Professor Amy Edmondson is to Psychological Safety what Mick Jagger is to rock’n’roll. The mothership and the person who made it popular. But prior to Jagger we had Chuck Berry and prior to Amy we had Galileo. They are not alone. This 200-page book is the bible of Psychological Safety and I recommend you start with this book and then read my book and others. There is great storytelling, but I doubt Amy herself has seen Psychological UNsafety in the trenches. One of the big challenges to Psychological Safety is leadership and my personal takeaway is the 3-step leadership tool kit. First you need to set the stage with a shared expectation and a meaning. In order to do this a leader need to:
- Frame the work – Set expectations that failure is OK, and interdependence to clarify the need for everyone to speak up.
- Tell the purpose – Find what’s at stake, why it matters, and for whom.
Second you need to invite everyone to take part, so they feel confident that their voice is needed:
- Demonstrate humility – Acknowledge gaps of yourself as a leader.
- Practice inquiry – Ask open and curious questions and model interested listening.
- Set up structures and processes – Create forums, rules and guidelines for discussion.
Third and last, you need to respond productively and set Psychological Safety in continuous learning and actions:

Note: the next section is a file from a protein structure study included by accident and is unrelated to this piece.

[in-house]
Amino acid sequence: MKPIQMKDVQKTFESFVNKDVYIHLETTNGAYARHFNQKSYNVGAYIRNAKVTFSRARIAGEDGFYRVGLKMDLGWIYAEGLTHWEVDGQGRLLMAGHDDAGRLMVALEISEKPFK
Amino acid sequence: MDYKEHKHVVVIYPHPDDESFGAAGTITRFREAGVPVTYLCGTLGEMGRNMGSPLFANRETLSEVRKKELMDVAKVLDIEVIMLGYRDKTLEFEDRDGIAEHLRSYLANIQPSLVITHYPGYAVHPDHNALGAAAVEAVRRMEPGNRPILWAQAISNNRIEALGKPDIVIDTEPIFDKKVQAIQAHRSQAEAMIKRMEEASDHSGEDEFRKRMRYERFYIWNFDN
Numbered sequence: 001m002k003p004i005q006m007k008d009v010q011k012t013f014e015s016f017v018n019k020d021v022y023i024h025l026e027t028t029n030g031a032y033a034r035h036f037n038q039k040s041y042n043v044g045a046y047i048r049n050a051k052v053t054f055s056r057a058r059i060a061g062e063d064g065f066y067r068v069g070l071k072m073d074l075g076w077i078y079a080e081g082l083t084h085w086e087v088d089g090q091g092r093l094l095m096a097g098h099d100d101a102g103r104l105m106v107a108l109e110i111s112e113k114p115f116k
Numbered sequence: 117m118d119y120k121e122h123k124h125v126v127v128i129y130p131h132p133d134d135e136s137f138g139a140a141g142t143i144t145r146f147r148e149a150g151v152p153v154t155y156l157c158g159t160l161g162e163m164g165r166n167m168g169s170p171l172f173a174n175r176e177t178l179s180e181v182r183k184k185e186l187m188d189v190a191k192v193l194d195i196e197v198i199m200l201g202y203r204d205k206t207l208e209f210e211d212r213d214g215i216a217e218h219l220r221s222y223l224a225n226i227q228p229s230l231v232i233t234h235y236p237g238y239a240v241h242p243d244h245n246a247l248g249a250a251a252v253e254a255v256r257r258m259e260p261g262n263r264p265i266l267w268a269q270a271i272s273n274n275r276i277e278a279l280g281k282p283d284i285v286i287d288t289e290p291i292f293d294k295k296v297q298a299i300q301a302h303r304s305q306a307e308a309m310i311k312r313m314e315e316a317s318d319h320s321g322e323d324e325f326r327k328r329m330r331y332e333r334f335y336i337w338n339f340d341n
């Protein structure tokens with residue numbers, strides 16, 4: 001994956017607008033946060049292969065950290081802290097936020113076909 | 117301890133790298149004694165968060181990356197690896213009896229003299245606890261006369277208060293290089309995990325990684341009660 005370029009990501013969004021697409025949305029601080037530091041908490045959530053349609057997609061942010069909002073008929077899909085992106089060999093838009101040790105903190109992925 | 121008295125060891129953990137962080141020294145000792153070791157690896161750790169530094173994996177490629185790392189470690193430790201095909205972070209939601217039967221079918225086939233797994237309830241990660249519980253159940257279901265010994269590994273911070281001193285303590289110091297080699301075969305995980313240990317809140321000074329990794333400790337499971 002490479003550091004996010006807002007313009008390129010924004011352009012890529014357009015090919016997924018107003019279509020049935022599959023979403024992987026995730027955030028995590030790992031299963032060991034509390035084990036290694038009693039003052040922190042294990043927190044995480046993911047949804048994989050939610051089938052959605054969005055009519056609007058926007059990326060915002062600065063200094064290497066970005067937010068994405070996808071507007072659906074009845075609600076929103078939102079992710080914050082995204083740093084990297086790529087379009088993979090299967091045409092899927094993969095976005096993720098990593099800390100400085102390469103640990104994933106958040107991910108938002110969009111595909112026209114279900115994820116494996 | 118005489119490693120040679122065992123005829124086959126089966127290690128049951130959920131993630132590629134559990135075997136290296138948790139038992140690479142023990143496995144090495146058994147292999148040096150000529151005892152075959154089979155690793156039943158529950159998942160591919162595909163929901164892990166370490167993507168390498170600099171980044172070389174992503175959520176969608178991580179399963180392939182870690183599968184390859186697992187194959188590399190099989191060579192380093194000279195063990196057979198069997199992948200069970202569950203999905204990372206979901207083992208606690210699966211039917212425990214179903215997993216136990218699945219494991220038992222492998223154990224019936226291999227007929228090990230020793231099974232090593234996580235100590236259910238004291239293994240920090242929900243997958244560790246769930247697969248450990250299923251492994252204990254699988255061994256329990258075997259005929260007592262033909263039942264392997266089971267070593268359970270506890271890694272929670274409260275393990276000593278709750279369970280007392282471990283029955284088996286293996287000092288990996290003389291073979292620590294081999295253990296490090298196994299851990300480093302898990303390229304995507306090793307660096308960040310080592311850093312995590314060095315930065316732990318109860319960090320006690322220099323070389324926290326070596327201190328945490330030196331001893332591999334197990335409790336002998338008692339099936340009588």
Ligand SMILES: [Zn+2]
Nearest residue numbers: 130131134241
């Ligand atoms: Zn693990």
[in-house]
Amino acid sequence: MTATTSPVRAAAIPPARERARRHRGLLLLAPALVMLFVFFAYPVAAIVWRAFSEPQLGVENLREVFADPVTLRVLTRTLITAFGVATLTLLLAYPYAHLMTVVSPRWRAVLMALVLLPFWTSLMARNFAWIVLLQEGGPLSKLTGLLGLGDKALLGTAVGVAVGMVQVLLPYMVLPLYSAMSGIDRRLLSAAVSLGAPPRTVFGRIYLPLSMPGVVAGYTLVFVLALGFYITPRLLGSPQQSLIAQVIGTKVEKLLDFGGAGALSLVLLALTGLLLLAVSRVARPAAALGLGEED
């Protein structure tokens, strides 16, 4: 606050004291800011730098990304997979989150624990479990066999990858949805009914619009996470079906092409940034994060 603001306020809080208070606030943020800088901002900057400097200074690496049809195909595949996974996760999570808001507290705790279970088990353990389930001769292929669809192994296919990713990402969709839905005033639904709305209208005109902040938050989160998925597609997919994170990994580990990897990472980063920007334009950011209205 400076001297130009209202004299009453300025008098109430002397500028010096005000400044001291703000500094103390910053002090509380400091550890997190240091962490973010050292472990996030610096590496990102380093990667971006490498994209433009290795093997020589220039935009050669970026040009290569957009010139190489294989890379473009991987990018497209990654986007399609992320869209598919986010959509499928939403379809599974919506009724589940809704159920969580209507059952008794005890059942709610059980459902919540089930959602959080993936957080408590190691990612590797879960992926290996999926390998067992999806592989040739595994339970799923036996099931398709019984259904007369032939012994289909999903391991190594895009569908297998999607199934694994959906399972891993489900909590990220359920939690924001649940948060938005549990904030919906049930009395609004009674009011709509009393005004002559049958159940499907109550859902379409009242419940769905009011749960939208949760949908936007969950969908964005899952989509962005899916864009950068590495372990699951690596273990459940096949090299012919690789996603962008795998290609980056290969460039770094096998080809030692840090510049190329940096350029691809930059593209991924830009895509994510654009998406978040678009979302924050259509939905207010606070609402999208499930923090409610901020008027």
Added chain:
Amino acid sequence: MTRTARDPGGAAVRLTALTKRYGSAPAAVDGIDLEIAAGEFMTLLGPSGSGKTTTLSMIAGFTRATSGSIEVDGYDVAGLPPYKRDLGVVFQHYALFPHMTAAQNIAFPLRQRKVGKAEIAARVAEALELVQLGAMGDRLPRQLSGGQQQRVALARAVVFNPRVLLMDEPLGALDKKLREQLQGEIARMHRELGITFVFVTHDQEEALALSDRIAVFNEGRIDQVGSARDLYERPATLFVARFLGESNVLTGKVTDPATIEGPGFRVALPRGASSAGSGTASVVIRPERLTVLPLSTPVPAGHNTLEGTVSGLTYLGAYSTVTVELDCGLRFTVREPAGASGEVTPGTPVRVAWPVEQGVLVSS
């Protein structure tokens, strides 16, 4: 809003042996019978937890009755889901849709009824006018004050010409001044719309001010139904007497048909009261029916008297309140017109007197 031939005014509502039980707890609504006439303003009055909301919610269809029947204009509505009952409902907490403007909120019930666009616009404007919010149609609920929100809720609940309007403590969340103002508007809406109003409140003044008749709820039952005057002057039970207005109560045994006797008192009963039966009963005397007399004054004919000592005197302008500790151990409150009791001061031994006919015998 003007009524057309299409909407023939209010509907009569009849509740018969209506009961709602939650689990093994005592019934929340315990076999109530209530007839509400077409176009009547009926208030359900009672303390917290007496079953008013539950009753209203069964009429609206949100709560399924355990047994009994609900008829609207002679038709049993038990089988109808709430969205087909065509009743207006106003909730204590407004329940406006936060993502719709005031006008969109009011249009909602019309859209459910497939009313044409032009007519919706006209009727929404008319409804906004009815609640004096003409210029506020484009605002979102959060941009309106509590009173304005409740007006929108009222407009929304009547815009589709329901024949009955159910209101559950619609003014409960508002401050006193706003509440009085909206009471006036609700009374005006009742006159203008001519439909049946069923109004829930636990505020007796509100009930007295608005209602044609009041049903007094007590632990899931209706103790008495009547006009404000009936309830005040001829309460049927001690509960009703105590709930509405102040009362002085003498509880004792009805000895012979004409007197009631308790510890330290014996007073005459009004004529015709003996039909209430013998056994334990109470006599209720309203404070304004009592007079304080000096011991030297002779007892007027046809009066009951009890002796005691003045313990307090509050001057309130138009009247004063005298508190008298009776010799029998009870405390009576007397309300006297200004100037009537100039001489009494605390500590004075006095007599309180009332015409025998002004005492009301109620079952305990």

- Express appreciation – Listen, acknowledge and thank everyone.
- Embrace failure – Look forward, offer help. Discuss and brainstorm next steps.
- Sanction clear violations.
What I miss is more crisp expectations and momentum from leadership. It’s easy to use these three steps as a checklist and then just call it a day. We need to manifest Psychological Safety as a Culture so that new leaders will keep and nurse it – and never relapse into old management! My takeaways were the storytelling from Volkswagen, Wells-Fargo and other companies with Psychological UNsafety. I miss good examples from companies where Psychological Safety is in action though, which supports my argument that Psychological Safety is a vision, not a goal. From “the Bible of Psychological Safety” I must admit I expected more.
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